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TUC boss disowns PIB


COMRADE Peter Esele, the President-General of Trade Union Congress of Nigeria, TUC, was a member of the Special Technical Committee by Federal Government to draft the Petroleum Industry Bill, PIB, now before the National Assembly.  In this interview with Sweetcrude, Comrade Esele, a former President of Petroleum and Natural Gas Senior Staff Association of Nigeria, PENGASSAN, said what the committee submitted is not what is before the National Assembly. Excerpts:

Since your committee submitted the draft PIB to the Presidency and its eventual presentation to the National Assembly for passage into law, there has been one controversy after another. What is your take on this?

We submitted our report, the one that is with the National Assembly right now, I have some issues with that one. I think it makes the Minister of Petroleum too powerful and I think the National Assembly will deal with that one. First, we submitted a draft to the federal government, from our draft to what got to the National Assembly is a different ball game.

So, you are saying what you submitted to the government is not what is now before the National Assembly?

In clear terms, I don’t think we gave as much power to the Minister of Petroleum in what we drafted.

Did you not consult during your assignment?
Wide consultation was done, it was widely discussed, Petroleum and Natural Gas Senior Staff Association of Nigeria, PENGASSAN, appeared before us, likewise Nigeria Union of Petroleum and Natural Gas Workers, NUPENG,  and the IOCs.

What I keep asking myself is that, what does the OICs want that was not discussed, because at the end of the day, what we are up to is how we optimize this industry to the benefit of Nigeria and Nigerians, that is the goal. Irrespective of how you feel, that is why I so much love democracy. No matter what we have done, whether it is good or bad that we have done, it goes to the National Assembly.

Comrade Esele

So if you feel that there are areas that we did not cover, because the bill is not yet a law, then you can go to the National Assembly to correct, you can add, subtract before it becomes law. It can go through a lot of several processes before the President can assent to it. So, I always tell people that there is no need to start to spite hell, all you just need to do if you have your position is to take it up, take it to the National Assembly and when the public hearing comes up, you can add, subtract and then we move on.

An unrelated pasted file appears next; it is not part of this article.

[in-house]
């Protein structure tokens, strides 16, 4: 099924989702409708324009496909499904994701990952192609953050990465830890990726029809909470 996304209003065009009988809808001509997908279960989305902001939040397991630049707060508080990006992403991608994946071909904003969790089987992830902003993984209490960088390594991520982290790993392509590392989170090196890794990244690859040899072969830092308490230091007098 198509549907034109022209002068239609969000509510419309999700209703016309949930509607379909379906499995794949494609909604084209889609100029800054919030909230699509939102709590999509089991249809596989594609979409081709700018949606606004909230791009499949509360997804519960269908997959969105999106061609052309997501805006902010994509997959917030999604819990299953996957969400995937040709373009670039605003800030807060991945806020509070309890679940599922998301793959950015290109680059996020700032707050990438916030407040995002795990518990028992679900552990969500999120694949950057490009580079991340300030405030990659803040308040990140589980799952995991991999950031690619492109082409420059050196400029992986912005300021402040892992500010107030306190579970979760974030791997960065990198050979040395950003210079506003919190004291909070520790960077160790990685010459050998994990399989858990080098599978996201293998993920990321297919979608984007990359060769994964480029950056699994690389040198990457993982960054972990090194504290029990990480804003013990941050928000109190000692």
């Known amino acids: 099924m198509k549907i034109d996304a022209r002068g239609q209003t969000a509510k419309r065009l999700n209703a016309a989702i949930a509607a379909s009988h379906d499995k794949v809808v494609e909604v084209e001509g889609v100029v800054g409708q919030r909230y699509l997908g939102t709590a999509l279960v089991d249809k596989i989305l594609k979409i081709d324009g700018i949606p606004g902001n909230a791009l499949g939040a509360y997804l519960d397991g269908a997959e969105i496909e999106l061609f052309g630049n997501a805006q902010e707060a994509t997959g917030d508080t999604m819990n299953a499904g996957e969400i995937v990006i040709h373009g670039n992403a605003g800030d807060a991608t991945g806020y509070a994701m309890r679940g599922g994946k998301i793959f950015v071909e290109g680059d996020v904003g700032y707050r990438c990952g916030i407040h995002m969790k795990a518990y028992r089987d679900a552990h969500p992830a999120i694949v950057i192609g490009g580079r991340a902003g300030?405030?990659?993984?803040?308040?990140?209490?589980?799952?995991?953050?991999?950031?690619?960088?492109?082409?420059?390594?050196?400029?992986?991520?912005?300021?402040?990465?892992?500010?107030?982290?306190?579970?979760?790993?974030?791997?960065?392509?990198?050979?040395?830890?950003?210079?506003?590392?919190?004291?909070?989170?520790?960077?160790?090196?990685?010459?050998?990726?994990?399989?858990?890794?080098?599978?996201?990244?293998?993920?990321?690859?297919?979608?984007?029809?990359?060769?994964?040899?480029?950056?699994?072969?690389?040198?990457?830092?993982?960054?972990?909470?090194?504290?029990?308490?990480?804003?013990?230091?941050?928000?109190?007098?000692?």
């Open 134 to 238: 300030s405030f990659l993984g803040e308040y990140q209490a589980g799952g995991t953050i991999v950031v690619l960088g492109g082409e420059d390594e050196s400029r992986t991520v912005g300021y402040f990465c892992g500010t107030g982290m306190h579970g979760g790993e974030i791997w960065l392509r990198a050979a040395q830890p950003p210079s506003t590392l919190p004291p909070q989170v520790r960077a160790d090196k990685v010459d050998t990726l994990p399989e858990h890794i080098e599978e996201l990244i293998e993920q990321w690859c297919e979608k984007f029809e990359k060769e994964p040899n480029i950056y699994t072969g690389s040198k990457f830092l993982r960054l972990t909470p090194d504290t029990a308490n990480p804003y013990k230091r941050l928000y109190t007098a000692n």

But for us as a committee that served in that committee, all we wanted is the best for the country. No member of that committee has monopoly of knowledge and we are not laying claim that we are the most intelligent or sophisticated Nigerians, no.

If you also know some areas that you think that there is a lacuna in that bill, go to the National Assembly. Talking for myself, all I want is what is best for that industry. So, we need to do anything and everything possible to ensure that what is right is done.

If our population continues to grow at the rate of 5 per cent per annum, probably our crude oil will not last in the next 100 years. We are not finding new ones right now, there is no exploration going on now, 100 years may even be too far, may in another 50 years.

We have not learnt to diversify and so, if you are not diversifying, you have a very big problem when these resources are gone. We are not building capacity, education is going down and every other thing is going down, so we have a huge problem.

When you were submitting the report, did you expect the reactions following it?
Of course I do. I have lived long here in Nigeria to know that nothing we do here that is not subject to politics. No matter how good your idea is, there is politics, and I envisaged this will likely going to happen. But the degree at which it is happening is also what is a little bit is surprising to me .

There is report that the International Oil Companies, IOCs, are claiming that the bill is lopsided, what is your response to them?

I have earlier heard that it favors IOCs, but now IOCs are crying more that the bill will constrain the current investments.  First thing is,  you ask yourself, we are looking at the physical side, they say the physical side is lop-sided in the sense that government gets revenue of about 70 per cent or between 70 and 80 percent of revenue.

First you go to other parts of the world and ask how much do IOCs in those parts of the world get? How many percent do they get? It is just because we live in country where we don’t really streamline things, we have production sharing contract. You know a lot of these contracts are not made public. If you also go and look at production sharing contract, you find out that until the IOCs recoup, their investments in the oil well, you can’t talk, government cannot start talking of its revenue.

Why? A whole lot of these things, when it was also in favor of the IOCs, nobody was saying anything. In Production sharing contract, they will tell you, now I am doing this well and I expect one Billion Dollars. Not until I finish recouping my one Billion Dollars, you do not talk about profit sharing. Do not forget we don’t have any mechanism to also check whether they actually spent the one Billion Dollars or whether it was less than one Billion Dollars that was expended.


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